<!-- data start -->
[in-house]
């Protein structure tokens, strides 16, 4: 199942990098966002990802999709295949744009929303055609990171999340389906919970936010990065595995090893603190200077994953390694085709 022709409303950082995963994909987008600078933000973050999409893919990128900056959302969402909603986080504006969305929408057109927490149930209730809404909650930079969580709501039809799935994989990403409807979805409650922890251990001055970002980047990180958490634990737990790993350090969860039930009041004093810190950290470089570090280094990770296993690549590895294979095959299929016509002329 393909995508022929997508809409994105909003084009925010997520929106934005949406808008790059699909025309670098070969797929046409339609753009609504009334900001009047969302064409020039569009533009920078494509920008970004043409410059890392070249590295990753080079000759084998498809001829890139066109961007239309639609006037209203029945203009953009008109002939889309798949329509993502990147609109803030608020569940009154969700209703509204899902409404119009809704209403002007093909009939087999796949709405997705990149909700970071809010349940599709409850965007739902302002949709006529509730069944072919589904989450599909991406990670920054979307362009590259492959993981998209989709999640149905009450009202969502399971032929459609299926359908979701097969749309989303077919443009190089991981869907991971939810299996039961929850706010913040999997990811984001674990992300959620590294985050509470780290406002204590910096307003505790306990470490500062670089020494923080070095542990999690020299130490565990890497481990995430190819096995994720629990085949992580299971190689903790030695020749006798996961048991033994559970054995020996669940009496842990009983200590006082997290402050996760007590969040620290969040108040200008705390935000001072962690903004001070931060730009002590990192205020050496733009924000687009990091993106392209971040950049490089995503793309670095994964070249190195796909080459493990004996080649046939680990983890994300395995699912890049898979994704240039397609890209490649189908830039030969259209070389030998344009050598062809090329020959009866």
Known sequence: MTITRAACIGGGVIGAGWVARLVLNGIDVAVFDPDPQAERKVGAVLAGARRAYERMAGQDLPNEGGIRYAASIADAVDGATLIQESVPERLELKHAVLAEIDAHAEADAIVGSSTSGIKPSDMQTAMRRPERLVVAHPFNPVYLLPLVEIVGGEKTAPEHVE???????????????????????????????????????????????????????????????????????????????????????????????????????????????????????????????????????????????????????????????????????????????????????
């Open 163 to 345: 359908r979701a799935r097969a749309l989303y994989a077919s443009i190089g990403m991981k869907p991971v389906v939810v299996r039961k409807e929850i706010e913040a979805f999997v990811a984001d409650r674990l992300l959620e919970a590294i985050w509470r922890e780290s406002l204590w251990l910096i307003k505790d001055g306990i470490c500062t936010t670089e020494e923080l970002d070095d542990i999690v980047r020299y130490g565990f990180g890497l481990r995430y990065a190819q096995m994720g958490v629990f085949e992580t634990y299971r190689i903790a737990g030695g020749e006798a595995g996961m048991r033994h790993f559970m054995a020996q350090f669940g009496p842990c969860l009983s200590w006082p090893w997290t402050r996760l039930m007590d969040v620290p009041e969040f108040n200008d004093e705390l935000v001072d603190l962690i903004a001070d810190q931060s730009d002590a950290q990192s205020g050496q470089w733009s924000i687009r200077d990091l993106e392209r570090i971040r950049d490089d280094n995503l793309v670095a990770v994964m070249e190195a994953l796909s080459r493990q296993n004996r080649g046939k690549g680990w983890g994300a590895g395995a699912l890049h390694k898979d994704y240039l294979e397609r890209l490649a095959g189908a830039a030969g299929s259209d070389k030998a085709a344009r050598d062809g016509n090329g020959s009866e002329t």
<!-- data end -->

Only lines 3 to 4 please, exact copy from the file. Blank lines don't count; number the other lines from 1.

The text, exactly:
Known sequence: MTITRAACIGGGVIGAGWVARLVLNGIDVAVFDPDPQAERKVGAVLAGARRAYERMAGQDLPNEGGIRYAASIADAVDGATLIQESVPERLELKHAVLAEIDAHAEADAIVGSSTSGIKPSDMQTAMRRPERLVVAHPFNPVYLLPLVEIVGGEKTAPEHVE???????????????????????????????????????????????????????????????????????????????????????????????????????????????????????????????????????????????????????????????????????????????????????
């Open 163 to 345: 359908r979701a799935r097969a749309l989303y994989a077919s443009i190089g990403m991981k869907p991971v389906v939810v299996r039961k409807e929850i706010e913040a979805f999997v990811a984001d409650r674990l992300l959620e919970a590294i985050w509470r922890e780290s406002l204590w251990l910096i307003k505790d001055g306990i470490c500062t936010t670089e020494e923080l970002d070095d542990i999690v980047r020299y130490g565990f990180g890497l481990r995430y990065a190819q096995m994720g958490v629990f085949e992580t634990y299971r190689i903790a737990g030695g020749e006798a595995g996961m048991r033994h790993f559970m054995a020996q350090f669940g009496p842990c969860l009983s200590w006082p090893w997290t402050r996760l039930m007590d969040v620290p009041e969040f108040n200008d004093e705390l935000v001072d603190l962690i903004a001070d810190q931060s730009d002590a950290q990192s205020g050496q470089w733009s924000i687009r200077d990091l993106e392209r570090i971040r950049d490089d280094n995503l793309v670095a990770v994964m070249e190195a994953l796909s080459r493990q296993n004996r080649g046939k690549g680990w983890g994300a590895g395995a699912l890049h390694k898979d994704y240039l294979e397609r890209l490649a095959g189908a830039a030969g299929s259209d070389k030998a085709a344009r050598d062809g016509n090329g020959s009866e002329t």